3 Articles for 'KTF'
In the recent WWDC 2009, Apple announced iPhone 3G S and gave the list of countries the phone will be available - Korea wasn't included in the list this time again. Korea is just about the only developed country that doesn't have an iPhone yet. When countries like Guinea-Bissau, Equatorial Guinea, and Qatar are getting their iPhones soon (nothing against those countries, by the way) and yet South Korea, the world's 11th economy, isn't getting one, there's something seriously wrong there.
Including my friend Danny, Korean bloggers are not hesitating to express their disappointments over the no-iPhone news. Both SKT and KTF, the leading carriers of Korea, have been in talks with Apple to introduce iPhone in Korea, for quite a long time. But both companies seemed to have backed out a little bit now, saying they couldn't strike mutually beneficial business deals with Apple. Well, that's just a polite way of saying that Apple demanded too much. But then, given the huge success of iPhone, Apple may actually deserve to demand much. Now carriers have to admit Apple's got the upper hand in the smartphone game.
But it might actually go deeper than that. Out of fear to become "dumb bit pipes", Korean wireless carriers have been working so hard to transform themselves into digital content empires by acquiring content companies and building a tight control over the content value chain. But iPhone is all about getting out of carrier value chain: web browsing on WiFi networks or App Store downloads have nothing to do with carriers. So the fact that the carriers haven't yet fully recouped their massive content investment might be the true reason, or at least part of the reason, why Korea still doesn't have an iPhone yet.
This came on my radar only recently, but there is a Korean mobile game and social network service called "Mugeta", that has copied Japan's popular Mobage service (short for "Mobagetown", or "Mobile Game Town") down to the name itself: "Mugeta" in Korean is short for "Muryo (free) Game Town".
The service is provided by Entaz, a mobile content service provider, through KTF (Korea's #2 carrier). Mugeta began service in April this year, and reached 0.2 million subscribers mark in just four months. To put this in perspective, Mobagetown of Japan has been around since February 2006 and today has 9 million subscribers. So at least in terms of growth, Mugeta is pretty impressive.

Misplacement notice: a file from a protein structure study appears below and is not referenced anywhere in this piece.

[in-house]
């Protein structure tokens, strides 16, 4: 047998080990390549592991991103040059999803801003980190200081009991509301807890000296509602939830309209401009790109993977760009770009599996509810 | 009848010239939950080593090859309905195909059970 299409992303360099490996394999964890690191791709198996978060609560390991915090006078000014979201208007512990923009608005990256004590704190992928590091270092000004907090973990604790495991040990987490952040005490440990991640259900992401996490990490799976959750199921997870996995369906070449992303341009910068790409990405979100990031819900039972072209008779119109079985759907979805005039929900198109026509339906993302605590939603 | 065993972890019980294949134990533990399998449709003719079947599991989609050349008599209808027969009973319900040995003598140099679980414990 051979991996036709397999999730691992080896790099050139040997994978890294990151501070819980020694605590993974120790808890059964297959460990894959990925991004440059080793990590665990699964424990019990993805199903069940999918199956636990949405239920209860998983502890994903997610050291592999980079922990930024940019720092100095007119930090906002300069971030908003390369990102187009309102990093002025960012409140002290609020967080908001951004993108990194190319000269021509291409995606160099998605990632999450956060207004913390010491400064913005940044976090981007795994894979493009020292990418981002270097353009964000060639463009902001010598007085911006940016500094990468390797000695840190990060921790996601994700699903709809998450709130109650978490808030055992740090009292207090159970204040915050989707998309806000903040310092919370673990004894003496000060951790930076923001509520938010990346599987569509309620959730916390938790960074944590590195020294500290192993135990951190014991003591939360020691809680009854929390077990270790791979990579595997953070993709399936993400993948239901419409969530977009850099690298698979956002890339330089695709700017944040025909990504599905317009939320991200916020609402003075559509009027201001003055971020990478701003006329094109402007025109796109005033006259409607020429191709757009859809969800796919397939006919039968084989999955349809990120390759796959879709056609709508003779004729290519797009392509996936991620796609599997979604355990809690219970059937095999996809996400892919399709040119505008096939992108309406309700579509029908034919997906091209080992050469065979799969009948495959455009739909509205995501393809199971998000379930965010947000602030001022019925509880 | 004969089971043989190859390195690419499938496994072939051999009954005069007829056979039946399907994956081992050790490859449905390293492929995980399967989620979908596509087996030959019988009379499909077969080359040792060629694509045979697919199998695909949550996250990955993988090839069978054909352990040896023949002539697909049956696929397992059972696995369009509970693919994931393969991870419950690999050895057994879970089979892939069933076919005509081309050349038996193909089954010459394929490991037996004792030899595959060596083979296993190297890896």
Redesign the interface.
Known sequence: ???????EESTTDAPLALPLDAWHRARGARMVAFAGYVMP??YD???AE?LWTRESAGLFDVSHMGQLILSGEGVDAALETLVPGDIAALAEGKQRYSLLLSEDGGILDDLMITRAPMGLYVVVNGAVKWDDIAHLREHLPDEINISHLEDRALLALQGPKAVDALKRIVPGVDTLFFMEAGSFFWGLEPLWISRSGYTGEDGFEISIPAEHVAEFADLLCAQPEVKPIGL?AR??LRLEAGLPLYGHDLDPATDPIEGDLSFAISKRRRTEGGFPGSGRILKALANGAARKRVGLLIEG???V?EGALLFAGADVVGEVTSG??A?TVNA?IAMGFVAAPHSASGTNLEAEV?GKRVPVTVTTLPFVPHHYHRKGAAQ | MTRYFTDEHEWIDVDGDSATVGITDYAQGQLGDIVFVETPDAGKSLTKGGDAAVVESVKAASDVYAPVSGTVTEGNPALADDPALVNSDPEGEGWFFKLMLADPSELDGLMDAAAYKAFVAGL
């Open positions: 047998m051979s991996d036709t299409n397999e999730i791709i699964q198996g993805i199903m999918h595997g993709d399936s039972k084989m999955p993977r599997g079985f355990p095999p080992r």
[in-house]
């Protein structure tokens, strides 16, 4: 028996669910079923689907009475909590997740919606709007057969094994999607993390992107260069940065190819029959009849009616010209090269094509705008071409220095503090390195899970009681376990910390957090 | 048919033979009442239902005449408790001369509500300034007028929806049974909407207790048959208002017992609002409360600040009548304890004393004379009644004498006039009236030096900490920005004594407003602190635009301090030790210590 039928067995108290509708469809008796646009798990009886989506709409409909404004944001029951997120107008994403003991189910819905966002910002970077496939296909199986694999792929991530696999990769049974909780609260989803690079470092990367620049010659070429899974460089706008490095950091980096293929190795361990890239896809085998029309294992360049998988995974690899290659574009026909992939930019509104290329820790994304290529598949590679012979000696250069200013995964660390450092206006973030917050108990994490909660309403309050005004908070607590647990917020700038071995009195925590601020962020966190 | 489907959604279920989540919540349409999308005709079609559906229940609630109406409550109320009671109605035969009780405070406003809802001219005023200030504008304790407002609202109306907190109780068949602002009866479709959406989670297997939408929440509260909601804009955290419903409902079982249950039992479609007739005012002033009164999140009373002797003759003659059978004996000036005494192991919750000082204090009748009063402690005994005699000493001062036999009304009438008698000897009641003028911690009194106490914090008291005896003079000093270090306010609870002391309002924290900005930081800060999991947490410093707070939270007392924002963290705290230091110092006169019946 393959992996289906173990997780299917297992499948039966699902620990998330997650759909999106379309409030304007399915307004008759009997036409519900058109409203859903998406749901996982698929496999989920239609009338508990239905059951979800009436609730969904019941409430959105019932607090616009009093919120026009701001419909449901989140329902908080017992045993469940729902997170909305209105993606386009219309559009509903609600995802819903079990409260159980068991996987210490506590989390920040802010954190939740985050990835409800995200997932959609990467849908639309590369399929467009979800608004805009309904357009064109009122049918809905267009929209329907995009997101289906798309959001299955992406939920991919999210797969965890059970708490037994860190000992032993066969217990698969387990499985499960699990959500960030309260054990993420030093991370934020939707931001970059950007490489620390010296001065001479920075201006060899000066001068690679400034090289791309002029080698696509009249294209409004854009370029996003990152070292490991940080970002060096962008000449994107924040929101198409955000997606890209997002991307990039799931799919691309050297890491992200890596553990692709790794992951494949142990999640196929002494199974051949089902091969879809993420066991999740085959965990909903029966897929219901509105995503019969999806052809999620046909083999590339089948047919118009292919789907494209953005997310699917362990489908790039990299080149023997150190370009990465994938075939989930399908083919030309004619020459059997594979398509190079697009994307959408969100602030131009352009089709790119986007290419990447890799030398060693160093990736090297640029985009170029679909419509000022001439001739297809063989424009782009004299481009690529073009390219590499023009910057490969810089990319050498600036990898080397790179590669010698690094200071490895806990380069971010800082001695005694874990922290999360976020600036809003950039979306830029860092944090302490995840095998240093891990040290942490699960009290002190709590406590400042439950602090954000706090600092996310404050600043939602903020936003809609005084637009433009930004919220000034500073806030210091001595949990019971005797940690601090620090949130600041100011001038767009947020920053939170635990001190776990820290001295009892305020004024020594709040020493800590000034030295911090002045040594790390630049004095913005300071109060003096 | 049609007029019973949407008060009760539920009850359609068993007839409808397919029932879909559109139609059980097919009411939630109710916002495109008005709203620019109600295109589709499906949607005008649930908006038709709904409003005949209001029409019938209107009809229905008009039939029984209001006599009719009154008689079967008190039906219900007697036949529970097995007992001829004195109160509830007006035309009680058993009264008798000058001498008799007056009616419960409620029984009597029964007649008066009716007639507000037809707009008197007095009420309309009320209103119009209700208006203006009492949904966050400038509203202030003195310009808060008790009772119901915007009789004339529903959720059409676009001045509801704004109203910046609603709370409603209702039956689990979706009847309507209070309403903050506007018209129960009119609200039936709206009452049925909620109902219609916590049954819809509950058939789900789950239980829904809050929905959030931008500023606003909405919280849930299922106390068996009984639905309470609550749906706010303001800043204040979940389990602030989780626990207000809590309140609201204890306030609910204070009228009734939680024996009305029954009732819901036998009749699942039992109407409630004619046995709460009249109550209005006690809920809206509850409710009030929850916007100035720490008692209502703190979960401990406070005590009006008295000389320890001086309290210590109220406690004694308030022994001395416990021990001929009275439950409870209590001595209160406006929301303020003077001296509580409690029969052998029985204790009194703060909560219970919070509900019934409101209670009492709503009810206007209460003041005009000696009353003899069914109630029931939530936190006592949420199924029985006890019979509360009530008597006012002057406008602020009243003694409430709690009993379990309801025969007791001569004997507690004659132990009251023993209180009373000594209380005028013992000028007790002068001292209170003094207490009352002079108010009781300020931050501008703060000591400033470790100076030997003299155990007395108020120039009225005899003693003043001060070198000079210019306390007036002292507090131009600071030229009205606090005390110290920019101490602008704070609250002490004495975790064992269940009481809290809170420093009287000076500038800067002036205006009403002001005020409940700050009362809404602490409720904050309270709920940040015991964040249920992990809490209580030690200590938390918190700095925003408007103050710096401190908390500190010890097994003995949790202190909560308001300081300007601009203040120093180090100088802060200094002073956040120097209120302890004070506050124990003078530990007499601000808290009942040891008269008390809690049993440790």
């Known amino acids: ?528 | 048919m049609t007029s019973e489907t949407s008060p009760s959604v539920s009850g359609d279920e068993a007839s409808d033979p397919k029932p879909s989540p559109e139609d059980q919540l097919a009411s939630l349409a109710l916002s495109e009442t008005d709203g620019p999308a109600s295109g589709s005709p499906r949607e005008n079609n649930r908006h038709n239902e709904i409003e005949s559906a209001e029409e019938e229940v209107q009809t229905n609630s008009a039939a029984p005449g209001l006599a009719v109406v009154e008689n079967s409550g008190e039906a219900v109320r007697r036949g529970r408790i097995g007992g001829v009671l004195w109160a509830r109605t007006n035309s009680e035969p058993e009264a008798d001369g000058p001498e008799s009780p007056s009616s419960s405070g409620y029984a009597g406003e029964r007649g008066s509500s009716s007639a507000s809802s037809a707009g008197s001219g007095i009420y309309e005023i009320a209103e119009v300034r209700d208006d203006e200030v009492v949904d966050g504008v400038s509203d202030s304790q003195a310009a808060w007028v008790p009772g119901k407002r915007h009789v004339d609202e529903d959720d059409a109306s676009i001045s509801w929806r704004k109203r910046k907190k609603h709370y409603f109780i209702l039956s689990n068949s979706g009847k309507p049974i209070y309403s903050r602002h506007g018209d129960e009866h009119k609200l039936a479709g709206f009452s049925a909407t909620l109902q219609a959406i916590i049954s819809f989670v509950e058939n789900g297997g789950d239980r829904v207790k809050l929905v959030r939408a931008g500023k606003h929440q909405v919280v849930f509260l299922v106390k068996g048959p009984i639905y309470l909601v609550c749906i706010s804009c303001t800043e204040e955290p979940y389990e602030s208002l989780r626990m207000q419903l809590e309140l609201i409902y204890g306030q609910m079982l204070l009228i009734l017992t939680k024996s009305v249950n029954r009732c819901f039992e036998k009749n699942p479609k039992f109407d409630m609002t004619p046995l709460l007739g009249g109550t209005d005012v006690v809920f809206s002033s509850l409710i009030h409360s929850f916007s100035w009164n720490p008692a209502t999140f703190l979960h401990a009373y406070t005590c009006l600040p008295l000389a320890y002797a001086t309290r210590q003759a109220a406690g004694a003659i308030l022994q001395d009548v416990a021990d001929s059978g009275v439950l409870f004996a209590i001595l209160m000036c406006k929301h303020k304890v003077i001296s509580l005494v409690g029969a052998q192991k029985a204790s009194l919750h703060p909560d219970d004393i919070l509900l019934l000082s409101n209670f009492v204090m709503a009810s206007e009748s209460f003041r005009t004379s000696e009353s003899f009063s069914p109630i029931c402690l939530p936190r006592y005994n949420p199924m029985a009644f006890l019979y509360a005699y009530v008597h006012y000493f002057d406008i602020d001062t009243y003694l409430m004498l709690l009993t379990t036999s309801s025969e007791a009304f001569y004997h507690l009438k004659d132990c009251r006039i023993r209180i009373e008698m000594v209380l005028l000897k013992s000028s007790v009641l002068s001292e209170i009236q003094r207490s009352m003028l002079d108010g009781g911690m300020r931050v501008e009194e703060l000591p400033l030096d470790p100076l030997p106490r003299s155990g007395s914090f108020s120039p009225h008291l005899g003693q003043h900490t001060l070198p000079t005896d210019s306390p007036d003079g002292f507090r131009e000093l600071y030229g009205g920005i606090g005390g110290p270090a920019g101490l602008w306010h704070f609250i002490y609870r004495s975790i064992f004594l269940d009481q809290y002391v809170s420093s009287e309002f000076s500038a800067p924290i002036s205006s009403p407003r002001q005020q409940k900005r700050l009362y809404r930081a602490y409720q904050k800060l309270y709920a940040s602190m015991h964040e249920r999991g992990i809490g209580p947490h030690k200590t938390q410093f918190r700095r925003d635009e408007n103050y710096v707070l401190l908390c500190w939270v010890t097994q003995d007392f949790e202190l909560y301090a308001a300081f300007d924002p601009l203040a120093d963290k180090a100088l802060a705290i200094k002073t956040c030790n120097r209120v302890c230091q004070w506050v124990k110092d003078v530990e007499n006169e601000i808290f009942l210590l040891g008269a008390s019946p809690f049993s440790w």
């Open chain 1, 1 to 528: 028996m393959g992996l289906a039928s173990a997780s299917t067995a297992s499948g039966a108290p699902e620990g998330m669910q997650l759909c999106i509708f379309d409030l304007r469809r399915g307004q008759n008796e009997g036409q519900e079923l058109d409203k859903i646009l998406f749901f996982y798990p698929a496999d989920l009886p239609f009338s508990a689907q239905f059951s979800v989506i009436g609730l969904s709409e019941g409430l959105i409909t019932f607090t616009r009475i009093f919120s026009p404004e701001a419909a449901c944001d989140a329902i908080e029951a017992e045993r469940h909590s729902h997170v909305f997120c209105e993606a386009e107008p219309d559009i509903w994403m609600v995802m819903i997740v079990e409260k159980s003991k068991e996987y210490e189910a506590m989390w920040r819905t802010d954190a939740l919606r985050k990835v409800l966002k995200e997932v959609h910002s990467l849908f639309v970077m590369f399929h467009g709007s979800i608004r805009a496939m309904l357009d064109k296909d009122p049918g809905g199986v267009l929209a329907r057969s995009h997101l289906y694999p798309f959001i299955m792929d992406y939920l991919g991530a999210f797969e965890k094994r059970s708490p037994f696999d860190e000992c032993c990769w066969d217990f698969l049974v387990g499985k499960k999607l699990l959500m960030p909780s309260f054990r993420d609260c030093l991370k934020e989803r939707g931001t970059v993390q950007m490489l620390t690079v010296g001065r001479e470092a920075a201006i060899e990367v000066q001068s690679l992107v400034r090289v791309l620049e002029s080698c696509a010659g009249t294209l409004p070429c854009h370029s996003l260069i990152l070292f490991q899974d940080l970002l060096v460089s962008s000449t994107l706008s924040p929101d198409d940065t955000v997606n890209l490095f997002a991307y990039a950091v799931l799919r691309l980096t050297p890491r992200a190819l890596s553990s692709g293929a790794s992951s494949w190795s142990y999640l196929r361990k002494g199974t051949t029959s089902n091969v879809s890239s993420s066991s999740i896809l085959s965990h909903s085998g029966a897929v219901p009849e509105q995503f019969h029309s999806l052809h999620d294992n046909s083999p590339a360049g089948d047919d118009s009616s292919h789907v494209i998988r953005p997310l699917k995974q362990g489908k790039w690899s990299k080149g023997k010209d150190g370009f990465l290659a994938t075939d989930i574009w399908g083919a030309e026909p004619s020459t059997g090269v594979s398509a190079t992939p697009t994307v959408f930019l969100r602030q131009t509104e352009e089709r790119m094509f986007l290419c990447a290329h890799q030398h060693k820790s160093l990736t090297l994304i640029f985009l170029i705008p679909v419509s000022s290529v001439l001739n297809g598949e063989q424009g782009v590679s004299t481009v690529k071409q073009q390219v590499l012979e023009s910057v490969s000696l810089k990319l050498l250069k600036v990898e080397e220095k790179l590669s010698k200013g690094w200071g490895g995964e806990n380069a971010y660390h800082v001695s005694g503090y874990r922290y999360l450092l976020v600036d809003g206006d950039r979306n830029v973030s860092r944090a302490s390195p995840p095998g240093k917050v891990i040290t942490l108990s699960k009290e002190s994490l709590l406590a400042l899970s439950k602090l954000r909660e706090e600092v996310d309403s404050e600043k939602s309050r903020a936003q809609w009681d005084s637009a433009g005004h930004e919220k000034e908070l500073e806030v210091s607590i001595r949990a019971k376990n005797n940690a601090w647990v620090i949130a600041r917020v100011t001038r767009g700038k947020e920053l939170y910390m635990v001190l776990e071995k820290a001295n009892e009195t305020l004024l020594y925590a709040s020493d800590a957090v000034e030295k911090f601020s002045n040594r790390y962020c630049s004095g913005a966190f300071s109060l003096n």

Mugeta is free - users get mobile games (there are 58 game titles available now), avatars, mobile homepage (called "phone-py", perhaps after the minihompy), all for free. Mobagetown also used its free content to build up the initial user-base, and when they amassed a big user base, monetization followed.
KTF says over 70% of Mugeta service users are teens (under 20), and female users take up 43%, which is pretty high compared to other mobile content services.
Well, in this age of globalization, a best practices in one country can get copied very quickly in other countries. People may quickly point their fingers to China, as that's an easy one to spot, but StudiVZ shows that Germans know how to copy, too. That said, I seriously wonder if Mugeta has partnered up with DeNA (the provider of Mobagetown) or is paying them royalty. Otherwise, I would be very uncomfortable.
3G means profit hemorrhageMobile | 2008/07/29 15:02 | Web 2.0 Asia
If you are in the US, often the TV ads you most frequently see are those for new cars. Well if you are in Korea, you are almost drowned by the mobile carriers' 3G TV ads. Some are humorous, some dead serious, but all those ads try to send out the single message: Become a member of our 3G service. Like this TV commercial on KTF's 3G service, which is about giving old folks shiny new 3G phones as a gift. (Now they are targeting the old folks? Come on, apparently they are trying to squeeze the last drop out of the market...)
Worse, "marketing budget" for mobile carriers doesn't only mean TV commercial costs. In fact, TV commercials only take up a minor share of their marketing budget. There's subsidies, MNP (mobile number portability) benefits, commissions to be paid out to shops, etc.
As a result, Korean mobile carriers saw profit slide in Q2: SKT spent roughly US$ 880mm in Q2, while KTF spent around US$ 620mm. To put these numbers in perspective, KTF's marketing expenditure was 40% of their whole revenue (not of profit). Both companies saw their stock price go down after the profit announcements.
But as all major carriers spent big money on marketing, the market share among the three carriers turned out to have stayed largely the same. So why bother with marketing? one might ask. Of course if you are from advertising industry, you'd not ask that question, but would hope the carriers will forever stay on their marketing binge.